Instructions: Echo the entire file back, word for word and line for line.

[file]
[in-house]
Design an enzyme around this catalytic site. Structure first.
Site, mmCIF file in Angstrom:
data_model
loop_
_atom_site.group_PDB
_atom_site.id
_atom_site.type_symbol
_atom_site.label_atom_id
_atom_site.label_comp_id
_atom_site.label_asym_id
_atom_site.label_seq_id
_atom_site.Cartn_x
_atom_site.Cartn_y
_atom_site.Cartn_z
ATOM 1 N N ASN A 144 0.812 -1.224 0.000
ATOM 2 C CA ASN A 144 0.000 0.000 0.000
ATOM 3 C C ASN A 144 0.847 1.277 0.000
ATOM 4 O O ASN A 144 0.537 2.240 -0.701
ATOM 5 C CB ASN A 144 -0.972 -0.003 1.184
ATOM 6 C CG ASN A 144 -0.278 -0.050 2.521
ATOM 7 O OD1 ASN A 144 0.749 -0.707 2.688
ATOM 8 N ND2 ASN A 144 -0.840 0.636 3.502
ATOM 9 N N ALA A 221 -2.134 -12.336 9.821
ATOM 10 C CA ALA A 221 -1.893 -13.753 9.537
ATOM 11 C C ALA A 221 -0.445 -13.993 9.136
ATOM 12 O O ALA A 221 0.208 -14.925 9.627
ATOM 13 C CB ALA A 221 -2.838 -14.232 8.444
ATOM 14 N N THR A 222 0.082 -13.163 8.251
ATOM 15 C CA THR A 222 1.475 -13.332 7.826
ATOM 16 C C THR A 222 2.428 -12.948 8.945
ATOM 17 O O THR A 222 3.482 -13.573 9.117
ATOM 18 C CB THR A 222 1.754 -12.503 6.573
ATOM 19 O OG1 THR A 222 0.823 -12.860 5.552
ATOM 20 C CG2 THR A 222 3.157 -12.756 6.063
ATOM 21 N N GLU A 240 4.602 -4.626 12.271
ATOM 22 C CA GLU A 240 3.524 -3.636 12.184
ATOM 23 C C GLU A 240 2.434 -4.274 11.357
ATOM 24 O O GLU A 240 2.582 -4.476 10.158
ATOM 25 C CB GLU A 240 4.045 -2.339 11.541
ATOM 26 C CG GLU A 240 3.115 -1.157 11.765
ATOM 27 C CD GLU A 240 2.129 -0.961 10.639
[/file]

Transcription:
[in-house]
Design an enzyme around this catalytic site. Structure first.
Site, mmCIF file in Angstrom:
data_model
loop_
_atom_site.group_PDB
_atom_site.id
_atom_site.type_symbol
_atom_site.label_atom_id
_atom_site.label_comp_id
_atom_site.label_asym_id
_atom_site.label_seq_id
_atom_site.Cartn_x
_atom_site.Cartn_y
_atom_site.Cartn_z
ATOM 1 N N ASN A 144 0.812 -1.224 0.000
ATOM 2 C CA ASN A 144 0.000 0.000 0.000
ATOM 3 C C ASN A 144 0.847 1.277 0.000
ATOM 4 O O ASN A 144 0.537 2.240 -0.701
ATOM 5 C CB ASN A 144 -0.972 -0.003 1.184
ATOM 6 C CG ASN A 144 -0.278 -0.050 2.521
ATOM 7 O OD1 ASN A 144 0.749 -0.707 2.688
ATOM 8 N ND2 ASN A 144 -0.840 0.636 3.502
ATOM 9 N N ALA A 221 -2.134 -12.336 9.821
ATOM 10 C CA ALA A 221 -1.893 -13.753 9.537
ATOM 11 C C ALA A 221 -0.445 -13.993 9.136
ATOM 12 O O ALA A 221 0.208 -14.925 9.627
ATOM 13 C CB ALA A 221 -2.838 -14.232 8.444
ATOM 14 N N THR A 222 0.082 -13.163 8.251
ATOM 15 C CA THR A 222 1.475 -13.332 7.826
ATOM 16 C C THR A 222 2.428 -12.948 8.945
ATOM 17 O O THR A 222 3.482 -13.573 9.117
ATOM 18 C CB THR A 222 1.754 -12.503 6.573
ATOM 19 O OG1 THR A 222 0.823 -12.860 5.552
ATOM 20 C CG2 THR A 222 3.157 -12.756 6.063
ATOM 21 N N GLU A 240 4.602 -4.626 12.271
ATOM 22 C CA GLU A 240 3.524 -3.636 12.184
ATOM 23 C C GLU A 240 2.434 -4.274 11.357
ATOM 24 O O GLU A 240 2.582 -4.476 10.158
ATOM 25 C CB GLU A 240 4.045 -2.339 11.541
ATOM 26 C CG GLU A 240 3.115 -1.157 11.765
ATOM 27 C CD GLU A 240 2.129 -0.961 10.639